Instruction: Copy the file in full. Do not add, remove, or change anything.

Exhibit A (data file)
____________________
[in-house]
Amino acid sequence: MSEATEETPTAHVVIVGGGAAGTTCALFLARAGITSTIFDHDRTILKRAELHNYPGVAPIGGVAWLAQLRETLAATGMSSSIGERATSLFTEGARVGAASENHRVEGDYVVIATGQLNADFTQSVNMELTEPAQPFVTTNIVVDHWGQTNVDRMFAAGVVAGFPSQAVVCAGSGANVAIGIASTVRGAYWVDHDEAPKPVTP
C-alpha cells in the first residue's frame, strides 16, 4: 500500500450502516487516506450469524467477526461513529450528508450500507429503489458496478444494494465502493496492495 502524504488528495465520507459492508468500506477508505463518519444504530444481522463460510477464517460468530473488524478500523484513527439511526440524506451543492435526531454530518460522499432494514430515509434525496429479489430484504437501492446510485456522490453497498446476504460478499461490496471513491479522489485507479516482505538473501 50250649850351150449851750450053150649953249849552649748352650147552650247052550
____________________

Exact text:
[in-house]
Amino acid sequence: MSEATEETPTAHVVIVGGGAAGTTCALFLARAGITSTIFDHDRTILKRAELHNYPGVAPIGGVAWLAQLRETLAATGMSSSIGERATSLFTEGARVGAASENHRVEGDYVVIATGQLNADFTQSVNMELTEPAQPFVTTNIVVDHWGQTNVDRMFAAGVVAGFPSQAVVCAGSGANVAIGIASTVRGAYWVDHDEAPKPVTP
C-alpha cells in the first residue's frame, strides 16, 4: 500500500450502516487516506450469524467477526461513529450528508450500507429503489458496478444494494465502493496492495 502524504488528495465520507459492508468500506477508505463518519444504530444481522463460510477464517460468530473488524478500523484513527439511526440524506451543492435526531454530518460522499432494514430515509434525496429479489430484504437501492446510485456522490453497498446476504460478499461490496471513491479522489485507479516482505538473501 50250649850351150449851750450053150649953249849552649748352650147552650247052550